This was an experiment Ed and I worked and discussed just before I went from Illinois to California, changing careers from agricultural implements to aerospace. We were of differing opinions as to the effects, but agreed there were effects of shooting wads. We continued these discussions over the phone and when I was back in illinois on vacation.
I recall there were several lines of discussion and thought:
- Black powder, my experiments with a Trapdoor
- Gas check replacement, trying to lower cost
- Case filler, less shot-to-shot variation
- Bore cleaner, leaving bore condition unvaried from shot-to-shot.
And our discussions centered on material:
- Toilet paper, not worth the effort
- Plastic, see below
- Fiber, better than plastic
- Flower foam, my later work.
Ed felt a wad's effect was not reproducible from shot to shot. The wad would compress in the bore and then decompress on exit. This action would vary from shot to shot producing inconsistencies. Add to this the weight of the wad being lighter, the wad would accelerate separately and faster than the bullet, striking the base and affecting the flight. Or even falling off the base at an uneven angle and different point for each shot, more variation.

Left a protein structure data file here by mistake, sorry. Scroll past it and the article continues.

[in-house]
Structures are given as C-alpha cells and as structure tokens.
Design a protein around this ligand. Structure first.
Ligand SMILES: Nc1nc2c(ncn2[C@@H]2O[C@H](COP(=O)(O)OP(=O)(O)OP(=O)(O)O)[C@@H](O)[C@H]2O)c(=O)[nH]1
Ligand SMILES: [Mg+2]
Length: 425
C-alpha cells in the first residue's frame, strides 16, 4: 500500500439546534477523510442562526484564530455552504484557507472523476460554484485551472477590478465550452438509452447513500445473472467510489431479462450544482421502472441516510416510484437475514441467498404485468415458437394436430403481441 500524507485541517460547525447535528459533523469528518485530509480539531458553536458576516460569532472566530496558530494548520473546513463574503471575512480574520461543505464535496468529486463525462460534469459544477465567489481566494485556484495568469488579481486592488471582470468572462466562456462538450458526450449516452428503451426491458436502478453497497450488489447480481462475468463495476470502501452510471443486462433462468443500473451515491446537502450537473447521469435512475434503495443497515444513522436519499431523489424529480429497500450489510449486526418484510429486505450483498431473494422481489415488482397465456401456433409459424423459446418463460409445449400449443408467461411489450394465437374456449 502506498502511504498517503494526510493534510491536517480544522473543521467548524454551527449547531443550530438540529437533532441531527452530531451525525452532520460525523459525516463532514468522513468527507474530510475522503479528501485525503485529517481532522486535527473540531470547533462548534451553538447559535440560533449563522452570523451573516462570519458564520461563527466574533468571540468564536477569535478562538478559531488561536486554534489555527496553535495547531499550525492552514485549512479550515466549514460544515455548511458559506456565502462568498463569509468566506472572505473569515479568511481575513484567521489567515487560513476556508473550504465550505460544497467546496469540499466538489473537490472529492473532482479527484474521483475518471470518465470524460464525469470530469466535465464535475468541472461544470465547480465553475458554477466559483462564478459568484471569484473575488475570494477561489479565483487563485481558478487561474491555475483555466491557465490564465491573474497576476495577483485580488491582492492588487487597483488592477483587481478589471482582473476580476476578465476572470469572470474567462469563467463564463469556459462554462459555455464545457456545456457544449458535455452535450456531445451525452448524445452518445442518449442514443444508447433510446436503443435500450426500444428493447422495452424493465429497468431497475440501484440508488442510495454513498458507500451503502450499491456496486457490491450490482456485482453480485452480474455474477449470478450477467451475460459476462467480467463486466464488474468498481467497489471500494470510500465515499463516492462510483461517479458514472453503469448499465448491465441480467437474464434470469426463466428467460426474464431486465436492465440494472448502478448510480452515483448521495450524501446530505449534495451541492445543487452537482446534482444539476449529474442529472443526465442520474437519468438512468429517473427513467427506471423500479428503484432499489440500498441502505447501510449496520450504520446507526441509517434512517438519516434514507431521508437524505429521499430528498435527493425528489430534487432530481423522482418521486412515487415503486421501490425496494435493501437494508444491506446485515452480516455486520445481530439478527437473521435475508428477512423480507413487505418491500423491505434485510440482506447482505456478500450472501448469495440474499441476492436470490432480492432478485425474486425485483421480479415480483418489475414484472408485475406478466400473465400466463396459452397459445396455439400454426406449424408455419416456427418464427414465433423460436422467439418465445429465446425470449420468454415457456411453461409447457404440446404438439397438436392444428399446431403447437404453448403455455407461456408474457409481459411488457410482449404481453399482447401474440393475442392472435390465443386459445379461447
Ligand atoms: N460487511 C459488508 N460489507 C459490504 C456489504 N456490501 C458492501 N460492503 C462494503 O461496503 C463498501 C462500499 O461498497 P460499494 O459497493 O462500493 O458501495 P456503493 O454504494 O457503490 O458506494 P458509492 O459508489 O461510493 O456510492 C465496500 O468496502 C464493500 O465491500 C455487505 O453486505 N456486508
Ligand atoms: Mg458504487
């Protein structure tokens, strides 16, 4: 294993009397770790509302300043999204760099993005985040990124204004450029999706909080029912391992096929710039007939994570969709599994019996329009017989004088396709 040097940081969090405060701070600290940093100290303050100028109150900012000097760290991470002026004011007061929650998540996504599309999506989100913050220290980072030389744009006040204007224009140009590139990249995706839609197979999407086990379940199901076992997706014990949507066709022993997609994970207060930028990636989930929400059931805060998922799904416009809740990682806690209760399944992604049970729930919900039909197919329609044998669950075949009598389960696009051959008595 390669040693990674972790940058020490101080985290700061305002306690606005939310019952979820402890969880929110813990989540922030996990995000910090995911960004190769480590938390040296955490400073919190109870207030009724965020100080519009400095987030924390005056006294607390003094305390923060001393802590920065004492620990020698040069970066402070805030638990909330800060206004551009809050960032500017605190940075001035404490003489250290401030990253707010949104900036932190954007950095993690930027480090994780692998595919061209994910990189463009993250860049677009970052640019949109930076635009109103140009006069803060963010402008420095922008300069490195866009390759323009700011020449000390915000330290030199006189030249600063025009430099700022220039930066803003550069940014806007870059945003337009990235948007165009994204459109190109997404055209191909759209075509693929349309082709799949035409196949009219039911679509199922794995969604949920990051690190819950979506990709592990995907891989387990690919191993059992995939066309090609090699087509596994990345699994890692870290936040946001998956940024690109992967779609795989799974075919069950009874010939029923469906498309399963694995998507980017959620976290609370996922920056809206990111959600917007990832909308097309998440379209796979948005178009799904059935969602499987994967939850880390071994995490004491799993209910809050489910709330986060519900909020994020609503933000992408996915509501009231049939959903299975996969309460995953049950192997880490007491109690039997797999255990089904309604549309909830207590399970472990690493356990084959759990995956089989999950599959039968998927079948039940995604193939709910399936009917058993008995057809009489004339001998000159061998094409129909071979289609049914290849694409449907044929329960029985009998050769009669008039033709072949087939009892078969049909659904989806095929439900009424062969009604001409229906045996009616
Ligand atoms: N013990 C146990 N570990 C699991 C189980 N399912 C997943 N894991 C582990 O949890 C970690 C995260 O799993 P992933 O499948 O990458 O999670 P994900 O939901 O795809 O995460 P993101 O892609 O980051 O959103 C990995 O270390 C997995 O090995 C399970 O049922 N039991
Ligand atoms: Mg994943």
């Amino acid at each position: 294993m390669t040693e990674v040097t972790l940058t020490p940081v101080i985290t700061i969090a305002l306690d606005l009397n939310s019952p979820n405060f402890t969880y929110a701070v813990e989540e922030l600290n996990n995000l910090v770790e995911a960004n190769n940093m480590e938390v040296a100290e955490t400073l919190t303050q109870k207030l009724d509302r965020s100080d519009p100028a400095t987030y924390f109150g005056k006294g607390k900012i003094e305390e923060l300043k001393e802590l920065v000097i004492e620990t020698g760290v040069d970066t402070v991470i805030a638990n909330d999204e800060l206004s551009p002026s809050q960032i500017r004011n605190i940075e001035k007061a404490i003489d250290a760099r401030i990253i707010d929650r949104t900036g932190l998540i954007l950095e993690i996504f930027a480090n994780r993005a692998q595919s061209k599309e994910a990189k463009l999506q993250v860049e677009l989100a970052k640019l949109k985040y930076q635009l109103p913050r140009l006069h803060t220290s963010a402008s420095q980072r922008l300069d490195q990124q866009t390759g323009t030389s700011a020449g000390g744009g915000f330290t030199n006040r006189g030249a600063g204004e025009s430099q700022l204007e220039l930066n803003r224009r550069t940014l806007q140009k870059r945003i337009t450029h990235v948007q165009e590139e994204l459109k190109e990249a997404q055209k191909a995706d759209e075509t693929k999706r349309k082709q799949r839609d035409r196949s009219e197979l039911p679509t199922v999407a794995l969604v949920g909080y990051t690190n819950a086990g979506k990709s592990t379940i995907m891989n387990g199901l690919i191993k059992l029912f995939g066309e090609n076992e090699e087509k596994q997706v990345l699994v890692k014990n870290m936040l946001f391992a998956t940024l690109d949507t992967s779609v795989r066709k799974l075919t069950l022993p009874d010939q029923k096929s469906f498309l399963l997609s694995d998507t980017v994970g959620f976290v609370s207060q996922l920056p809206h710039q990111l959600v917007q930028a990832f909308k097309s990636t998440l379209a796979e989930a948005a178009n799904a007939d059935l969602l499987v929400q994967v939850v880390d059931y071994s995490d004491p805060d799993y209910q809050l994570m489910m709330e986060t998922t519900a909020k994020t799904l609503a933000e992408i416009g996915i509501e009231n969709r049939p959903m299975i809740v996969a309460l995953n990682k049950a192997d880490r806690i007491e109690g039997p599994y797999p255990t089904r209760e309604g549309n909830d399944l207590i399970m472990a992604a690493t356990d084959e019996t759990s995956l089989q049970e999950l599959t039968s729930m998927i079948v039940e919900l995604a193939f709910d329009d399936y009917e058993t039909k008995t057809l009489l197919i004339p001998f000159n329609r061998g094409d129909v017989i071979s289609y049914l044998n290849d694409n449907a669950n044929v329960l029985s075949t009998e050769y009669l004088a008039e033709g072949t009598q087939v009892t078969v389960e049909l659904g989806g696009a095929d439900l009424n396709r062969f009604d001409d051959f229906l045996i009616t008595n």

Ed liked plastic wads best,even with their problems. I did not want plastic in my barrel for any reason. With the shot, the effects of temperature and pressure will melt the plastic to a vapor that will cool and deposit itself in the grooves. This deposit is hard carbon and will grow unevenly in the base of the grooves affecting the bore ride of bullets.
Ed felt a gas check was consistent and produced predictable results with each shot. The wad did not and was not a substitute for a gas check.The most elusive research subject was the effect of a wad on bore condition. We retrieved bullets at 200 yards with lead and lube stuck between the gas check and the bullet in the gas check shank. We reasoned the gascheck was scraping the bore and helping give consistent bore conditions from shot to shot. Wads would not do the same.
The Marston Municipal Ballistics Laboratory holds many memories.
Farm boy from Western Illinois, living in the Magical Pacific Northwest